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Boston Life Science Investor Enters SD Market

June 22, 2023

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A parking lot view of a small R&D building circled by landscaping

King Street Properties, based in Boston, has made its first foray into the San Diego life science real estate market with the acquisition of a Sorrento Mesa office building that it plans to convert to lab space.

“We made a strategic decision to make the West Coast a priority, specifically San Diego,” said Sonia Taneja, West Coast market leader and managing director of King Street Properties.

“We had been assessing the market for a number of years in San Diego,” Taneja said. “This opportunity just met the mark.”

The 60,518-square-foot building on a four-acre site at 5825 Oberlin Drive is a single-story structure, “which lends itself well to conversion,” Taneja said.

“We plan to reposition the building to move-in ready, catering toward users in the kind of 15,000-square-foot range,” Taneja added. “We see that as really an underserved segment in the market. A number of small buildings have been demolished to make way for larger development project to cater to large users.”

Due for completion in mid-2024, the renovation will retain the existing office space in the Oberlin Drive building, adding lab space and upgrading amenities, such as outdoor work areas.

Taneja declined to say how much King Street will spend on renovations.

A $42 million acquisition loan was provided by Thorofare Capital, Inc., based in El Segundo.

David Perlman, managing director of Thorofare, said that the company “has identified the life science theme as a primary investment target for 2023, especially in the top five life science markets.”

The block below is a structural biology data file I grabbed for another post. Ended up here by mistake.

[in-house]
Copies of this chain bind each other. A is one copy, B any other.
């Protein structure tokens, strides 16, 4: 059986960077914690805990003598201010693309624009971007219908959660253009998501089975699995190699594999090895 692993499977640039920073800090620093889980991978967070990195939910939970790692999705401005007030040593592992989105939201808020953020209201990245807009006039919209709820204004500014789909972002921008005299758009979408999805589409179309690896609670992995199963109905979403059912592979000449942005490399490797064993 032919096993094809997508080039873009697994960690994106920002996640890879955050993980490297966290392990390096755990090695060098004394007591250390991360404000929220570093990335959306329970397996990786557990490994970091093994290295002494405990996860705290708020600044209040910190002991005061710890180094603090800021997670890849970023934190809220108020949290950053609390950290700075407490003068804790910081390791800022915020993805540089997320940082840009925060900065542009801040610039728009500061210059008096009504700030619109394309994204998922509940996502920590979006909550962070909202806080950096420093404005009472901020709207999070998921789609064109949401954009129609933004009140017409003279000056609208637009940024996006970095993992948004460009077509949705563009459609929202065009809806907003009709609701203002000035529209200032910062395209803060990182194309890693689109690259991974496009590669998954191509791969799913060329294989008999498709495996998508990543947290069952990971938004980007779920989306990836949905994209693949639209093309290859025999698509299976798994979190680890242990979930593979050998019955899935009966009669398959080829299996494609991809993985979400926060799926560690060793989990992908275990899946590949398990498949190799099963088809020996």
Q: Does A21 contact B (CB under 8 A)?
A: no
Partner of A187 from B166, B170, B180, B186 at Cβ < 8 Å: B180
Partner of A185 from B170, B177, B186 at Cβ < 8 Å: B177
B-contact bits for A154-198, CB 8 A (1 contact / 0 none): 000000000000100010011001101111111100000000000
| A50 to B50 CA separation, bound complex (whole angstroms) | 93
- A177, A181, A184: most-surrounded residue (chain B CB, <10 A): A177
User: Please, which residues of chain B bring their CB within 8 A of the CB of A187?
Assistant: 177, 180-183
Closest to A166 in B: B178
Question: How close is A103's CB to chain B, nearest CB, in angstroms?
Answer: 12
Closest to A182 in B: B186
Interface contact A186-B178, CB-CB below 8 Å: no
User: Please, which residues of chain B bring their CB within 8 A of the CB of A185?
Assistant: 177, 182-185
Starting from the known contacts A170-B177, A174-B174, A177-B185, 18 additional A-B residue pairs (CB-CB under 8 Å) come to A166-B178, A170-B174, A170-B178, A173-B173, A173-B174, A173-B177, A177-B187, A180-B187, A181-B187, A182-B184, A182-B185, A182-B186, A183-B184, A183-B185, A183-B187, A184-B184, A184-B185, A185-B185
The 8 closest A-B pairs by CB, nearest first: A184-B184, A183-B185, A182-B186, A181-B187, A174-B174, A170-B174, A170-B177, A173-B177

San Diego is ranked third in the nation for life science, behind Boston and the San Francisco Bay area.

Life Science Outperforms

Based in Boston, King Street owns and manages more than three million square feet of property with 4.5 million square feet in development.

Most of the firm’s assets have been in Greater Boston, New York and North Carolina.

In California, King Street is developing a 485,000-square-foot life science project in Burlingame, and Taneja said the firm plans to expand its holdings in San Diego.

“Similar to any market that we enter, we intend to create a portfolio of (San Diego) real estate,” Taneja said. “We’re looking forward to expanding our presence in San Diego.”

King Street’s move into the San Diego market comes as others have paused their investment in life science.

“We have faith that the life science sector is going to outperform other real estate classes in the marketplace,” Taneja said. “The market has cycles, as we all know.”

Coming out of the first quarter of 2023, CBRE reported that the San Diego County life science real estate market had an overall vacancy rate of 5.6%, ranging from zero in the State Route 56 corridor to 14% in Del Mar Heights/Torrey Hills.

In Sorrento Mesa, the vacancy rate at the end of the first quarter was 8.4%.

CBRE reported that countywide, there were 12 new life science projects under construction at the end of the third quarter with 16 conversions under way, such as the King Street project.

Accompanying that was a slump in venture capital funding, although commercial real estate brokers generally predicted that funding would pick up in 2024.

“There are still a number of companies that are getting funding,” Taneja said. “What we look at is, there are many diseases without treatments or cures and companies today are better than ever able to solve these challenges.”

From Ray Huard at San Diego Business Journal:

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